Pilot Program for Police Body Cameras Clears Committee

State legislators have approved a proposal that would give state money to three Connecticut municipalities to purchase body cameras for their police departments.

If the measure becomes law, three communities – one large, one mid-sized, and one small – would be selected to participate in a pilot program that would provide data to the state.

There wasn’t much opposition to the program itself when the General Assembly's Public Safety Committee met Thursday. The main concerns had to do with what gets done with the data and video from cameras.

"I guess my thought is providing some sort of an exemption for images that might constitute an invasion of personal privacy," said State Sen. Eric Coleman, a Democrat representing Bloomfield.

Republicans agreed. State Rep. Lezlye Zupkus represents Prospect, one of eight communities in Connecticut that already utilizes body cameras. Officers can turn them off under certain circumstances.

"I actually had one of my friends have a baby in the driveway and I know if that was me I would want the camera off," said Zupkus. "So I think we need to talk about when the camera is on and off."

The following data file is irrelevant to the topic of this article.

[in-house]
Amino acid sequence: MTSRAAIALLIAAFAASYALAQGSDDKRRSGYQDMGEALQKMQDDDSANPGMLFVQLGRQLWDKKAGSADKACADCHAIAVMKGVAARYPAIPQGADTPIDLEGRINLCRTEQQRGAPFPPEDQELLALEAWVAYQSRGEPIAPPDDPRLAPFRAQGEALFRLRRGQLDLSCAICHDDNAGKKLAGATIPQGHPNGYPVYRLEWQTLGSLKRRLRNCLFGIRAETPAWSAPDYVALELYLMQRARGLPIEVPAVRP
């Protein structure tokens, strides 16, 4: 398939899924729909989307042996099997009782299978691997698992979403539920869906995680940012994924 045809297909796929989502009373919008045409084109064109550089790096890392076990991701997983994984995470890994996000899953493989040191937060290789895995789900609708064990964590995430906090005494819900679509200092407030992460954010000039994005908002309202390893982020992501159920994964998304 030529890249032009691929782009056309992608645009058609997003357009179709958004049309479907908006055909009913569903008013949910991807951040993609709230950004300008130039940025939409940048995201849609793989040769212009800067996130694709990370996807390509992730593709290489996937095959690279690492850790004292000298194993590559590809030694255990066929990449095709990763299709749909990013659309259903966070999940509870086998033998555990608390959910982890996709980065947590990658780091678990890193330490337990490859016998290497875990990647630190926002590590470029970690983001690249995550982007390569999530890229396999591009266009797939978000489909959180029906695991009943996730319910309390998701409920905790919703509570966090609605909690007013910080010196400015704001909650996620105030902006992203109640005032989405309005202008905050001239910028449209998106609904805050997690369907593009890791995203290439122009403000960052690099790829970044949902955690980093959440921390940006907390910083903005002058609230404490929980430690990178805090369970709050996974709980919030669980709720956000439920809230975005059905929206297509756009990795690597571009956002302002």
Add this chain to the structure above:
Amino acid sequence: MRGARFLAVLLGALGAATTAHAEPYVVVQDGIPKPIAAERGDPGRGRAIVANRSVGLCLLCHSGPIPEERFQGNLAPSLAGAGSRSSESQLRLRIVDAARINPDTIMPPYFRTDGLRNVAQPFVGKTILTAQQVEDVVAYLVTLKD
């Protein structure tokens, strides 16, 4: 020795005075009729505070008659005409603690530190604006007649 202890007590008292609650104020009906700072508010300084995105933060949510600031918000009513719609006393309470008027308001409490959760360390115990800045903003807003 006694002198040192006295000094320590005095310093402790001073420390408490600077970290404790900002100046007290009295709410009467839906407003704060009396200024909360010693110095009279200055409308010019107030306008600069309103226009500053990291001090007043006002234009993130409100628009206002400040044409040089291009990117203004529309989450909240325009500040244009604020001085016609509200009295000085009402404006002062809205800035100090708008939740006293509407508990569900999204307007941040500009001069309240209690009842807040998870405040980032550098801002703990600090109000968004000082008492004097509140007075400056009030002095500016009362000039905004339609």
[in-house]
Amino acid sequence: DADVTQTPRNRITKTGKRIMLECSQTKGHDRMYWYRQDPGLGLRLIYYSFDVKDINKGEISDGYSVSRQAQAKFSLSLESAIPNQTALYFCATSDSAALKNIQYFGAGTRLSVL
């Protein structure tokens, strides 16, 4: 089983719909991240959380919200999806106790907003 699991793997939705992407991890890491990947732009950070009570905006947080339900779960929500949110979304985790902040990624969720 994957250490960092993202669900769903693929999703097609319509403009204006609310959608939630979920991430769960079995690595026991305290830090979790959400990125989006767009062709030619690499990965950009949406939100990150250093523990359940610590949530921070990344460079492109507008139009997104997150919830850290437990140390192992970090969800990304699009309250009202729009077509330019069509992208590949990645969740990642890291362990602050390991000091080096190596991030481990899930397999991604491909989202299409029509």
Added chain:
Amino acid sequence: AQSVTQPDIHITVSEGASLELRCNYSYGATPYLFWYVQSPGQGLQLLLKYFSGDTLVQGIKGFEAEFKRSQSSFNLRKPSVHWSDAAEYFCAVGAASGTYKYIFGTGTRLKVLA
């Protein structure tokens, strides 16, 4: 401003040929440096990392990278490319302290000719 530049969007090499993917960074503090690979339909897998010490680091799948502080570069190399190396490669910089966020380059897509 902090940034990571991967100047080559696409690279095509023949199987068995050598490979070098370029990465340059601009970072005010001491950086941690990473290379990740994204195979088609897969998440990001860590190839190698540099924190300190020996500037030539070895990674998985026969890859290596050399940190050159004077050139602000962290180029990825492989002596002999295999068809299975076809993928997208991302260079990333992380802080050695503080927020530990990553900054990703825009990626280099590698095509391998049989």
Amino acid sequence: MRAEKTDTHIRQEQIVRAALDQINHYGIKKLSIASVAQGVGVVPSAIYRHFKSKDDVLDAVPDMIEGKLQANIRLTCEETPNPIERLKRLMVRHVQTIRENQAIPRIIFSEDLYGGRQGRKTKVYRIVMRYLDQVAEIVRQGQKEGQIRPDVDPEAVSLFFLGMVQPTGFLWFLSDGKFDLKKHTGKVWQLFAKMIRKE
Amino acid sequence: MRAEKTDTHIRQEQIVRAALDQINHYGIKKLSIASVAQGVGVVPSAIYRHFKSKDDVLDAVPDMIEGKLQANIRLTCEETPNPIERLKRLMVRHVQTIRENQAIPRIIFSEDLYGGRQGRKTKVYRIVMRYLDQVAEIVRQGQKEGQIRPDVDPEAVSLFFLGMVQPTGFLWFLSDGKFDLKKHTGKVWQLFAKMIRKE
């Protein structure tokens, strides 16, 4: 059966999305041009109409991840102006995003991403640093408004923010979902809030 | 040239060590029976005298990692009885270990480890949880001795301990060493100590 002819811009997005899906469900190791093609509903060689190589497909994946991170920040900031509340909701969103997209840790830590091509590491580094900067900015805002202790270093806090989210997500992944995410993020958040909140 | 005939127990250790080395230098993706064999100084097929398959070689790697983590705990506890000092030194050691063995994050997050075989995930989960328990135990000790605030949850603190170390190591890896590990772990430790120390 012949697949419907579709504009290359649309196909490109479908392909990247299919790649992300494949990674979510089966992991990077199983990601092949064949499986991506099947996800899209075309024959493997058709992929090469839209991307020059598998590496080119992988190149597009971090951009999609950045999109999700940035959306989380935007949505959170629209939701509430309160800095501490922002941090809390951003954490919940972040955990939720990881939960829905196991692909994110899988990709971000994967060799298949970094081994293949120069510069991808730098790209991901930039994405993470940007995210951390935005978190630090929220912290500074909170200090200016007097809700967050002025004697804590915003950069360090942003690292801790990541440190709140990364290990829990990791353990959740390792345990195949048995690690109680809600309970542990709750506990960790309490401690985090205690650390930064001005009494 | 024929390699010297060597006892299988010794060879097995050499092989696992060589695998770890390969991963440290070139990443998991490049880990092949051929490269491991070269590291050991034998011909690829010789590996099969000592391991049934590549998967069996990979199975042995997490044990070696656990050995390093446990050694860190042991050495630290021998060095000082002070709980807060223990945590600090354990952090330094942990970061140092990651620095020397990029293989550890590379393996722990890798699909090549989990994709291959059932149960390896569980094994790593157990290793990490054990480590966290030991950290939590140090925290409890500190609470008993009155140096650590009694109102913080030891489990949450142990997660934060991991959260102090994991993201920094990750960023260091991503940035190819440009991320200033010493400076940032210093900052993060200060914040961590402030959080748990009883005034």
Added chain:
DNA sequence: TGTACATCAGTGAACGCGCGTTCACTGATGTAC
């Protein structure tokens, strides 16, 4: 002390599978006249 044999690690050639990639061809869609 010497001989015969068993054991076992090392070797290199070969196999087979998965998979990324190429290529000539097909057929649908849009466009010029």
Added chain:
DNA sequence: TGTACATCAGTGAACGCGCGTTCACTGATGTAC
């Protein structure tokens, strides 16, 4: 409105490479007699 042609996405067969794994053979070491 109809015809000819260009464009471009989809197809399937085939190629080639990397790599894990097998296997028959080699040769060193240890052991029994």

It's not yet clear what taxpayers may pay for the program. A spokesman for State Sen. Martin Looney, the bill's sponsor and top member of the Connecticut Senate, said the cost of the cameras could depend on which towns or cities are selected.

One member of the committee said he thinks that after the pilot program is in place and data on best practices makes its way to lawmakers, the day won’t be far off when all police departments will have to follow suit.

"I would think the next step would be to require all departments to wear body cameras," said Rep. Charles Ferraro, a Republican Orange. "Isn’t that probably a natural progression of this?"

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